In stark contrast to the traditional approach with which the MDL litigation proceeded against the Knauf Defendants, the litigation against the Chinese entities has taken a different tack. The Chinese Defendants in the litigation, include the principal Chinese-based Defendant Taishan, namely, Taishan Gypsum Co. Ltd. ("TG") and its wholly-owned subsidiary, Taian Taishan Plasterboard Co., Ltd. ("TTP") (collectively "Taishan" or "Taishan Entities"). Other Chinese-based Defendants ("Taishan Affiliates") include the CNBM Defendants ("CNBM Entities"), comprised of the China National Building Materials Group Corporation, China National Building Materials Company Limited, China National Building Materials & Equipment Import & Export Corporation, and CNMB Forest Products (Canada) Ltd; and the BNBM Defendants ("BNMB entities"), comprised of Beijing New Building Materials Public Limited Company, and Beijing New Building Material (Group) Co. Ltd. As discussed below, the course of the litigation involving the Taishan Entities has not followed the same trajectory or enjoyed the same measure of resolution as that involving the Knauf Entities.

As an alleged manufacturer of Chinese drywall which has been installed in plaintiffs' properties, Taishan is a named defendant in numerous cases in both the MDL litigation and litigation filed in state courts. The Court's initial inquiry regarding Taishan involved four cases in the MDL in which Taishan was served, entered an appearance, and in two of these cases, subjected to default judgment proceedings. These four cases are: Germano v. Taishan Gypsum Co., Ltd., Case No. 09-6687; The Mitchell Co., Inc. v. Knauf Gips KG, Case No. 09-4115; Gross v. Knauf Gips KG, Case No. 09-6690; and Wiltz v. Beijing New Building Materials Public Ltd., Co., Case No. 10-361.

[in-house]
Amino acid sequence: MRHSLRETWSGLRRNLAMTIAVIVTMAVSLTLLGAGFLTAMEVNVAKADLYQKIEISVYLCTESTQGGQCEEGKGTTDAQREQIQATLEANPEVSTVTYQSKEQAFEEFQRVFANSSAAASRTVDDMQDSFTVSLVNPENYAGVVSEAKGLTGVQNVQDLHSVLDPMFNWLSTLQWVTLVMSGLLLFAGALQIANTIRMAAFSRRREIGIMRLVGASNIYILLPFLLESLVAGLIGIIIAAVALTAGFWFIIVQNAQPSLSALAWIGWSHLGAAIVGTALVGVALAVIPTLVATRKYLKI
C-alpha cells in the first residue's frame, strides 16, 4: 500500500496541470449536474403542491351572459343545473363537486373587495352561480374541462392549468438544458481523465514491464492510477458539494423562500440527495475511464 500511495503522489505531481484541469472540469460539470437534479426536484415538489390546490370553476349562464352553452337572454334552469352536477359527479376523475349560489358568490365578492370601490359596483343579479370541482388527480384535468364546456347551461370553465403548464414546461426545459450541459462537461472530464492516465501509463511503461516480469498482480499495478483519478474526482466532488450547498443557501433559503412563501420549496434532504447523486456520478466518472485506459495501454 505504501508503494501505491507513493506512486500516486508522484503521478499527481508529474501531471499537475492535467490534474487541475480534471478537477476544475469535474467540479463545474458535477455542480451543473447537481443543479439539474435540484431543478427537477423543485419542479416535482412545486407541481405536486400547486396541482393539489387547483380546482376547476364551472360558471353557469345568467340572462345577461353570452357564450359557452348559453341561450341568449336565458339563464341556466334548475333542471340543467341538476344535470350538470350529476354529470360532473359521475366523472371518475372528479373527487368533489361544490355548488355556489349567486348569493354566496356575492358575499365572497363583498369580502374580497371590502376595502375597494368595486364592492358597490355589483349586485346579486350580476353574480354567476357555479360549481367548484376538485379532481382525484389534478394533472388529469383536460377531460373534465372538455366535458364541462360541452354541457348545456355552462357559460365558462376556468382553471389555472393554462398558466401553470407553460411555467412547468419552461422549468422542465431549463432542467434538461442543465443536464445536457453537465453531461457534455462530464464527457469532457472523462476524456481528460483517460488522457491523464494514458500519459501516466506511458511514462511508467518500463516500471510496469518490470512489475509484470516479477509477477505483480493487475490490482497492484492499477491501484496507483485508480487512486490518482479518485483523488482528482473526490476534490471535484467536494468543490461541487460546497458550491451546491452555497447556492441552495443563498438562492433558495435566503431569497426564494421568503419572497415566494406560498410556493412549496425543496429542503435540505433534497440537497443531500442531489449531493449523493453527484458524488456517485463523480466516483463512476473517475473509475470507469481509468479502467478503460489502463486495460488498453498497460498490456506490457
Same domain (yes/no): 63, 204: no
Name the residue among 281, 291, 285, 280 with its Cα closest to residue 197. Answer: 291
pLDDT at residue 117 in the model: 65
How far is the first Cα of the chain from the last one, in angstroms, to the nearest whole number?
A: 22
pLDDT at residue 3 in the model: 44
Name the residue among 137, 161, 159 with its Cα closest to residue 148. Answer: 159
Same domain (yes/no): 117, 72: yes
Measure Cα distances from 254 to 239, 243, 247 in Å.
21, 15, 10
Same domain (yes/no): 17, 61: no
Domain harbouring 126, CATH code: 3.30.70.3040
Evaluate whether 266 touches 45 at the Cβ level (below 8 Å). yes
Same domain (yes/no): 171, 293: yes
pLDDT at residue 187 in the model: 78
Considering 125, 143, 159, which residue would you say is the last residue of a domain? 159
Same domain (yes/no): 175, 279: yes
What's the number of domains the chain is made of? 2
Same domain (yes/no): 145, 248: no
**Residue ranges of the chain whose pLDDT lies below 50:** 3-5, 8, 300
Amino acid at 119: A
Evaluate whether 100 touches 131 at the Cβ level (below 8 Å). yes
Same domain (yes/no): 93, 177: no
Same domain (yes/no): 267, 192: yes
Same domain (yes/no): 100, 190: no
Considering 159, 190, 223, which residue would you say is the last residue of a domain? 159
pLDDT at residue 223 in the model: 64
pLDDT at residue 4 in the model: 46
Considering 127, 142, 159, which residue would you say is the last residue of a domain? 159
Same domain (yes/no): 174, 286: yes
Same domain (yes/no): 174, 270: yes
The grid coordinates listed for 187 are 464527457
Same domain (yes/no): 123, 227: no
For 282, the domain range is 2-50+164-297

The first issues in the MDL litigation involving Taishan arose when TG failed to timely answer or otherwise enter an appearance in Mitchell and Germano, despite the fact that TG had been properly served in each case. See (R. Doc. 52); (R. Doc. 1-7) (Case No. 09-6687). As a result, after an extended period of time, the Court entered preliminary defaults against TG in both of these cases. See (R. Docs. 277, 487). The Taishan Affiliates have also been held in default with respect to proceedings in Wiltz, Gross, and Amorin . On February 1, 2011, BNBM, BNBM Group, CNBM, and CNBM Group were held in default in the Gross proceedings. See (R. Doc. 7302). These same entities were again held in default as to the omnibus intervention complaint that was filed in Gross on August 7, 2012. Also, on July 1, 2014, Taishan, TTP, BNBM, CNBM, and CNBM Group were held in default with respect to the Amorin complaint.

Taishan eventually entered this litigation on June 10, 2010, the last day to timely do so, by filing an appeal with the Fifth Circuit Court of Appeals. After Taishan entered its appearance in the MDL, it quickly sought to have the Default Judgment in Germano and the Preliminary Default in Mitchell vacated for lack of personal jurisdiction. See (R. Docs. 5436, 5583). The Fifth Circuit returned the case to this Court so that it could allow discovery and, in due course, rule on the jurisdictional issue. Formal personal jurisdiction discovery of Taishan began in October 2010, see e.g. (R. Docs. 5839, 5840), and continued over the year-and-a-half leading up to the filing of Taishan's motions to dismiss for lack of jurisdiction. This discovery has often been contentious, requiring close supervision by the Court. On June 29, 2012, over three years since the creation of MDL 2047, and after a year-and-a-half of personal jurisdiction discovery on Taishan, the Court presided over a hearing on Taishan's motions.

On September 4, 2012, this Court issued an order that was subsequently affirmed by two different panels of the Fifth Circuit, regarding Taishan's motions in Germano, Mitchell, Gross, and Wiltz, in which the Court denied the motions to vacate, denied the motions to dismiss, and held that it maintained personal jurisdiction over Taishan. This Court set a judgment debtor examination for July 17, 2014 ordering Taishan to appear; instead of appearing, however, Taishan fired its attorneys and indicated that it was again "withdrawing" from the litigation. The Court held Taishan in contempt of court, enjoining Taishan ...